The ENSO index used in the study is the MEI or Multivariate ENSO Index (http://www.esrl.noaa.gov/psd/people/klaus.wolter/MEI/). Only the Oct-Nov MEI value was used in this analysis to provide a predictor to the WY precipitation. This index provided the highest correlation to the rainfall data used. It is only available back to 1951.
The Pacific Decadal Oscillation Index was obtained through the following web site (http://jisao.washington.edu/pdo/PDO.latest). Again only the 3 mo PDO index from September through November was used as a predictor for the WY rainfall.
SST data for a location off the central California coast was used to compare to rainfall data. This was obtained from the following website (http://wxweb.meteostar.com/SST/index.shtml) which is reproduced from the Hadley Center.
Another index used to determine if other mid-latitude forcing might be controlling WY
precipitation was the 3 month (Dec-Feb) Tropical Northern Hemisphere teleconnection pattern (TNH) (ftp://ftp.cpc.ncep.noaa.gov/wd52dg/data/indices/tele_index.nh). This index is calculated for the period Dec Feb back to 1950. This index is negatively correlated with west coast precipitation as seen in Figure
4 (http://www.cpc.noaa.gov/data/teledoc/tnh.shtml). This index does account for a shift in the Pacific jet stream and a weaker Hudson Bay low. A TNH of -3 would index a well south displacement of the Pacific jet and much weaker Hudson Bay low. A +3 would be just the opposite. Note that this only accounts for the primary winter months and does not represent what could be spring rains.
Central CoastClimate Zone
Figure 2 WRCC climate zones with extrapolated WY precipitation dating back to 1896.
Figure 3 Approximate area used to extract SST data off the coast for comparison to precipitation and PDO ENSO indices.
Figure 4 Positive Tropical Northern Hemisphere teleconnection correlation to January precipitation. 3.0 ANALYSIS 3.1 Trends Analysis Figure 5 displays a smoothed analysis of the 3 independent WY precipitation data sets using a Fast Fourier Transform (FFT) to remove higher frequency variations. The purpose here was to identify extended wet and dry periods in northern and central California. The extended below normal periods identified were then compared to the 4 drought cycles noted by DWR to have occurred in Northern and Central California since the turn of the 20th century. The identified drought periods were 1918-20, 1929-34, 1959-62, and 1987-92. The most recent dry period of WY 2007-09 is evident but not of the magnitude of some of the earlier dry periods. There are other meteorological dry periods seen in the record such as 1945-48, and 1975-76 (two driest back to back years on record), But these were not accompanied by extremely low reservoir levels so did not meet the criteria for water supply drought.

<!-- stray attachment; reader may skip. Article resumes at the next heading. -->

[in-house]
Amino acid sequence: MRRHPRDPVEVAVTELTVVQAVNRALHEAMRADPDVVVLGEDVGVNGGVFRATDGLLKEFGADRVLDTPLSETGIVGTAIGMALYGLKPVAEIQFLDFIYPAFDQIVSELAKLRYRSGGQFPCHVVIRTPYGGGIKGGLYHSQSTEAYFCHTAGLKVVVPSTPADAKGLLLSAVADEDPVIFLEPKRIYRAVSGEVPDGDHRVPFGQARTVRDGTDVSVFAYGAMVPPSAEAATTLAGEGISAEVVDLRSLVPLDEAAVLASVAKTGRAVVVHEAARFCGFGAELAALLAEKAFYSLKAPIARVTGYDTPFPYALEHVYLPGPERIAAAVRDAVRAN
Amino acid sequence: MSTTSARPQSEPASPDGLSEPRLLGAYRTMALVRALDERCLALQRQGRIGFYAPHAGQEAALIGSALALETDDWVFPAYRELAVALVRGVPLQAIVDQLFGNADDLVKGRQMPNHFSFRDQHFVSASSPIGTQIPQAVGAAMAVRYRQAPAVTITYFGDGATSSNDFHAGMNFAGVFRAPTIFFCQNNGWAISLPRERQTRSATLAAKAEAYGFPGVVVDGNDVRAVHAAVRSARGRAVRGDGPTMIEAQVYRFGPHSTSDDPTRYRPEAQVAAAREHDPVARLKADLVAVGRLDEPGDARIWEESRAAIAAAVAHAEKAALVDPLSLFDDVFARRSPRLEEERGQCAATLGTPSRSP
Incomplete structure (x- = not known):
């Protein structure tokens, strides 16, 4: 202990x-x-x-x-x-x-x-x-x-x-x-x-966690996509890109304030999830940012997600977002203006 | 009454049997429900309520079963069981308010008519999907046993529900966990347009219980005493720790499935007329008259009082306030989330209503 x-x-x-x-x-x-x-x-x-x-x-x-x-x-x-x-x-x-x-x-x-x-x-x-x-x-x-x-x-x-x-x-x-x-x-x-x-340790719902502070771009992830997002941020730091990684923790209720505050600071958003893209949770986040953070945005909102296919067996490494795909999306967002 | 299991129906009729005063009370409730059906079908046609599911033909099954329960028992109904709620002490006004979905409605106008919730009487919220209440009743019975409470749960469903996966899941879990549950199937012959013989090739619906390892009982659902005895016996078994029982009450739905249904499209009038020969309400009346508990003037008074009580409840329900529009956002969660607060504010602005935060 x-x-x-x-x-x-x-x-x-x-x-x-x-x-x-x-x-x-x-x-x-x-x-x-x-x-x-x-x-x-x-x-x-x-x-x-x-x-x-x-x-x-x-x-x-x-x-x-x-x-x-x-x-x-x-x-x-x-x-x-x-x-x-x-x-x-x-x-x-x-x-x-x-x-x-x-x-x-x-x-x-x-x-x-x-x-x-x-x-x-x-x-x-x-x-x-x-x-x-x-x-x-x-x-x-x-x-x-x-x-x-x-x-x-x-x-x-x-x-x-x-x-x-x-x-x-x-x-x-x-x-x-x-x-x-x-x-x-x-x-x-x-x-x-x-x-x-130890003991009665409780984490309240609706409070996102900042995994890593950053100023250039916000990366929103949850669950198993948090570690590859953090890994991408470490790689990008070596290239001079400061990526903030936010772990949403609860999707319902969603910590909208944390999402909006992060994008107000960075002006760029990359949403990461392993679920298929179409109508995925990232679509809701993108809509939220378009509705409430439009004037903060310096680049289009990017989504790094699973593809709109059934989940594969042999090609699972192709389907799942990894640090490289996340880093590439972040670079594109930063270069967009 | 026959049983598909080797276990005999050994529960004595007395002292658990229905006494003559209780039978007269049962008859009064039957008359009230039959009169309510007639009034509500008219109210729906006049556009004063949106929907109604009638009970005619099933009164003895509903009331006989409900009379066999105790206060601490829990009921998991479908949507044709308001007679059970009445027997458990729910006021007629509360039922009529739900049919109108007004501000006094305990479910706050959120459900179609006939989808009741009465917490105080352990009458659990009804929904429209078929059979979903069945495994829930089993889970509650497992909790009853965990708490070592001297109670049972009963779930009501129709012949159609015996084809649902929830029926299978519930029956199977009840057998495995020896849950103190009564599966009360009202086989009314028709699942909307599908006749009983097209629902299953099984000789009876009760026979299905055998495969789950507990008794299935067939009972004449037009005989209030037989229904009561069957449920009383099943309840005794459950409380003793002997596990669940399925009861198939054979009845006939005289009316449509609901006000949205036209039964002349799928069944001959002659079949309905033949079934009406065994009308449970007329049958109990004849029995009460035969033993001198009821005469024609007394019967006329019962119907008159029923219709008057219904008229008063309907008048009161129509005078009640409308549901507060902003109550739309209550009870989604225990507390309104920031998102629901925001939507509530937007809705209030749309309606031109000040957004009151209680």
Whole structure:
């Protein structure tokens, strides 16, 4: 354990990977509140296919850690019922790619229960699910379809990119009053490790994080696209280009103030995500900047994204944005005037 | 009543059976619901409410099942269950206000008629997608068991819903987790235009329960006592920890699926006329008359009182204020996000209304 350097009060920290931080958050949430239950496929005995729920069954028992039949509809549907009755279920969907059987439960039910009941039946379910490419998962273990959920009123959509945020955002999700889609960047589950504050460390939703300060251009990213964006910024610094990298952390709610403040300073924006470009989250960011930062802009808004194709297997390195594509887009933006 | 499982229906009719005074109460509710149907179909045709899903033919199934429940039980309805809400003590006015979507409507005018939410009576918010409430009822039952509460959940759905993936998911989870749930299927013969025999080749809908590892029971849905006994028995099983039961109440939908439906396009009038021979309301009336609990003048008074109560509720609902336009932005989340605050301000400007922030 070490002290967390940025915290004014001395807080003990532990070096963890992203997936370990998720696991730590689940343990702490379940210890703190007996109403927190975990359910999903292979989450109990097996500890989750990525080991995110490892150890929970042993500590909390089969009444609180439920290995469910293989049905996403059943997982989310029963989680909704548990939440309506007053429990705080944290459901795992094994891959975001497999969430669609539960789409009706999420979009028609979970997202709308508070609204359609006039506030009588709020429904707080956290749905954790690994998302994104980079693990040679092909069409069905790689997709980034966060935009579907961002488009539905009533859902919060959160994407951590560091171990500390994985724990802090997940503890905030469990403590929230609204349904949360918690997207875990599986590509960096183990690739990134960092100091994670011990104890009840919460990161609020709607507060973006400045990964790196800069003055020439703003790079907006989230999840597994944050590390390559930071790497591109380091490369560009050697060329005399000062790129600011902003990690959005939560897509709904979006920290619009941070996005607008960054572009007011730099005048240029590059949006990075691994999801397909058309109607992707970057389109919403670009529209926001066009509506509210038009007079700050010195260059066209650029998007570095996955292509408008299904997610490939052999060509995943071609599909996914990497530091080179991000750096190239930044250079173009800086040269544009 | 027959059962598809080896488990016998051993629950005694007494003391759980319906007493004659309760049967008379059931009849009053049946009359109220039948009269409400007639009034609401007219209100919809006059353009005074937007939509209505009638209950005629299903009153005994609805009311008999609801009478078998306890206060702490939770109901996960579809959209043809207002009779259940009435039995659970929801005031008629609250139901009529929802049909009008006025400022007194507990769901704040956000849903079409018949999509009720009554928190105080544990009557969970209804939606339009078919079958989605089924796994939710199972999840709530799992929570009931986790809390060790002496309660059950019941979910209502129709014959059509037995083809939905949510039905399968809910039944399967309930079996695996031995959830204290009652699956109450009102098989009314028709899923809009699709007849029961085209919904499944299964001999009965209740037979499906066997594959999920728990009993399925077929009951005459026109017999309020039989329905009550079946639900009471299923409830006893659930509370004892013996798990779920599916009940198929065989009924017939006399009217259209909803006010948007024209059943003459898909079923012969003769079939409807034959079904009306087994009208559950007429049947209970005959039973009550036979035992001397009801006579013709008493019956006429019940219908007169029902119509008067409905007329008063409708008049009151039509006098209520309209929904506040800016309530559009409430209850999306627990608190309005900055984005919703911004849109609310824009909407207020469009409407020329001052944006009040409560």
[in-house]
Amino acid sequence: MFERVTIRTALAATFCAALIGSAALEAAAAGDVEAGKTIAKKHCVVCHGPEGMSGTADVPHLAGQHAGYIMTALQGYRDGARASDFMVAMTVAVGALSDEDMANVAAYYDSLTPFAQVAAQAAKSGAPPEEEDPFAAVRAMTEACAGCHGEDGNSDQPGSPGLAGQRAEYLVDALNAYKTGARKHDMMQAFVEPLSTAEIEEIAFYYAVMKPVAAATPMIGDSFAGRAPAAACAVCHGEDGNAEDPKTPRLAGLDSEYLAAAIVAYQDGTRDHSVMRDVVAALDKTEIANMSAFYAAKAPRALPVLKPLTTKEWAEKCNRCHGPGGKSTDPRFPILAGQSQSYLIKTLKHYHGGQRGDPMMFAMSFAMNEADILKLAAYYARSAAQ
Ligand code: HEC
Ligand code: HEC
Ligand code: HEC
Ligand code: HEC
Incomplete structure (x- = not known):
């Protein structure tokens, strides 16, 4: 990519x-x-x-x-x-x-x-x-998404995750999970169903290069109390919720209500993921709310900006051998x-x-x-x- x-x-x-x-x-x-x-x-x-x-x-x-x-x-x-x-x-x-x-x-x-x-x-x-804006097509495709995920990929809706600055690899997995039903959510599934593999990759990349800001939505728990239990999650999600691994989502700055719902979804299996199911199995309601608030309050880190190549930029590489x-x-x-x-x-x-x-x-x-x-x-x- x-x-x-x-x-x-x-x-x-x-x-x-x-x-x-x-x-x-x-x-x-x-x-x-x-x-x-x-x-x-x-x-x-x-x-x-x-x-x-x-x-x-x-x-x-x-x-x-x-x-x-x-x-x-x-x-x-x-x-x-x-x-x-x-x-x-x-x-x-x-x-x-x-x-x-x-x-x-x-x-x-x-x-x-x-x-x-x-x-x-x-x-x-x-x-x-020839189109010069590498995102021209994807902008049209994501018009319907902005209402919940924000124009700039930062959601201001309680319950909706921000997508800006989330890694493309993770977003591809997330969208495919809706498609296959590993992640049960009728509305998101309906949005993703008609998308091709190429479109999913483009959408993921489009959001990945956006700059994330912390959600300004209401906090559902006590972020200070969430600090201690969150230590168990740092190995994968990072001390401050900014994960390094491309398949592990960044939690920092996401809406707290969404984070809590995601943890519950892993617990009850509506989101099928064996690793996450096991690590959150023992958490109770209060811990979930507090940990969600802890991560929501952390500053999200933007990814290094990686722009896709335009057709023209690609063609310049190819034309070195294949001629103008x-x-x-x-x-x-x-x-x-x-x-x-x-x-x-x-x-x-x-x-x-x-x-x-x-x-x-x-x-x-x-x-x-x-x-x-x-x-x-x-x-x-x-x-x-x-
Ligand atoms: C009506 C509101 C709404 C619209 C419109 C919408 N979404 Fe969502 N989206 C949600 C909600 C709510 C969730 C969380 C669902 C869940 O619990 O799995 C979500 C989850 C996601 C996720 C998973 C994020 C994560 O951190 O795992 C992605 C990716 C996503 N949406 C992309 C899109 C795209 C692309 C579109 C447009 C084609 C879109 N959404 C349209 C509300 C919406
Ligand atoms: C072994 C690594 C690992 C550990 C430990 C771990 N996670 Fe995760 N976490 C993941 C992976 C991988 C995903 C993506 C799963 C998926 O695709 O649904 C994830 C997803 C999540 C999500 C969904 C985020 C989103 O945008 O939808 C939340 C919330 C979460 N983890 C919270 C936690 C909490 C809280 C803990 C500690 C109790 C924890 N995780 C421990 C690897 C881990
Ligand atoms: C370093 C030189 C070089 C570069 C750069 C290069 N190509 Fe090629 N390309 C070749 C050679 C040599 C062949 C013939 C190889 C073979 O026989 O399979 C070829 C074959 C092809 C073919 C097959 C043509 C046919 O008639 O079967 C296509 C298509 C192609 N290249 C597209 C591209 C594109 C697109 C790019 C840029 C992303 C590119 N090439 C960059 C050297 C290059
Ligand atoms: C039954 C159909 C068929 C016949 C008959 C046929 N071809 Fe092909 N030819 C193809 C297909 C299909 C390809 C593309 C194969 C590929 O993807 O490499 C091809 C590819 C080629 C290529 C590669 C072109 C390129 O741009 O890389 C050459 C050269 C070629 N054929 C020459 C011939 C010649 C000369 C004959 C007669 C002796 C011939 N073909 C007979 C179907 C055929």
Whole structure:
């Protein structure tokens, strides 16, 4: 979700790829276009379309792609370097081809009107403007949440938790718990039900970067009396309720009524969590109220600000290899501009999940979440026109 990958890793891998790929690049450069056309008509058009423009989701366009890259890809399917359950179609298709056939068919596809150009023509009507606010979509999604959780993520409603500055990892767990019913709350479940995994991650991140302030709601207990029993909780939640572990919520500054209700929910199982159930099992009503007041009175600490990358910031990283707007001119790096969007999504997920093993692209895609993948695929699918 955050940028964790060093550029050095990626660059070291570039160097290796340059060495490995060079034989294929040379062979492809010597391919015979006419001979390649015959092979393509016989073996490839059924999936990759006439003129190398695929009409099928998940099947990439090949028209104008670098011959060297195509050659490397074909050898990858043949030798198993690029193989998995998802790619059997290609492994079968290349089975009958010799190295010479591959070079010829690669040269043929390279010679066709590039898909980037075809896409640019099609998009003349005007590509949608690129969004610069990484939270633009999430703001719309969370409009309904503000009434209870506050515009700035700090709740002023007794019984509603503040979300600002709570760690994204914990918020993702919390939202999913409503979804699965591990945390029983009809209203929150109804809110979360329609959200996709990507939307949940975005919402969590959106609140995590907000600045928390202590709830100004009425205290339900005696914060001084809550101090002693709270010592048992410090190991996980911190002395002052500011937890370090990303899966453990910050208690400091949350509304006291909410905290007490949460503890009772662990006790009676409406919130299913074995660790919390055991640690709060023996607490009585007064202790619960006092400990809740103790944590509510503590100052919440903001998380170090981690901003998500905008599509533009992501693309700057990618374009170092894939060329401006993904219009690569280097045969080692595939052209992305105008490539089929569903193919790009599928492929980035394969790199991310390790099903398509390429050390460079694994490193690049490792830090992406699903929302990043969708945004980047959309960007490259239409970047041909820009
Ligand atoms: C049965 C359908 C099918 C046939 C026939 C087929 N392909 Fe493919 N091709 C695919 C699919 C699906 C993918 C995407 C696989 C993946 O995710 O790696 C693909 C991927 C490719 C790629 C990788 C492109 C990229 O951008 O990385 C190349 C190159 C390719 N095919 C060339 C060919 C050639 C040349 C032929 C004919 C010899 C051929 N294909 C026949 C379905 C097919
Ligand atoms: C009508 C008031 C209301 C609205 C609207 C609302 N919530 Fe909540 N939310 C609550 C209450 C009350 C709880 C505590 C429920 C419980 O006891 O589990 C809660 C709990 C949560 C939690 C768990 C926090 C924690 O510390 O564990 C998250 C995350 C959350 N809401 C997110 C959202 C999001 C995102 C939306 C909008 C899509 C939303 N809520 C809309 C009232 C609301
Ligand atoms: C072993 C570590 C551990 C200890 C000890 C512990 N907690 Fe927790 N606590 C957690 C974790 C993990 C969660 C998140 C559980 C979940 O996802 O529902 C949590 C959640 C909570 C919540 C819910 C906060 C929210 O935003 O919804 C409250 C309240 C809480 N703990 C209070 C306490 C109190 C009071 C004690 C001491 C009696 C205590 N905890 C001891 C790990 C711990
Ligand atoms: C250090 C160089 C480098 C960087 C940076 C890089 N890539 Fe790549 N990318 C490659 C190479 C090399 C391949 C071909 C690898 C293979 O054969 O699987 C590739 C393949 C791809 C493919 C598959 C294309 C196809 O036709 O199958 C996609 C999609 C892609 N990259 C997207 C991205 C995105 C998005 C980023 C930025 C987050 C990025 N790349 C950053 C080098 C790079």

Figure 5 Three independent WY rainfall data sets smoothed (FFT used for smoothing using ITSM Software (Brockwell and Davis, 2002)) to show periodic wet and dry cycles for northern and central CA back to 1896. The next analysis (Figure 6) was to compare these smoothed analyses to smoothed ENSO and PDO indices. To reduce clutter only the SFD data will be shown as the correlations to the Central Coast and 8-station index were .93 and .91 respectively.
Figure 6 Analysis of SFD WY rainfall, Oct-Nov MEI and Sept- Nov PDO index. In a broad sense there is a general positive relationship between trends in ENSO and PDO and SFD WY rainfall. Given that smoothing has been performed this might be producing some offsets in exact peaks and troughs in WY rainfall and trends in these indices. There does appear to be a general trend with the broad positive and negative phases of the PDO. The PDO was in the negative phase from 1915 to 1930, positive phase from approximately 1930 to 1945, the negative phase from 1945 to 1978, positive from 1978 through 1998, and negative from 1998 through 2010 and continues. Note that WY rain fall is generally below normal for years during the PDO negative phase with large excursions in both above and below normal rainfall during the PDO positive phase. Those years with strong positive ENSO signal, El Nino, can produce wet periods within the broader negative periods of the PDO. The WY 2006 is a good example. Note also that the wettest years appear to coincide with both the positive phase of the PDO and a strong El Nino; 1941, 1983, 1998.
Figure 7 Same as Figure 5 with SST anomalies for SSTs from Hadley Center using area approximated in Figure 3.
In Figure 7 we have added the smoothed SST data from the sample area shown in Figure 3 dating back to 1909. The SSTs are derived from the November through March pe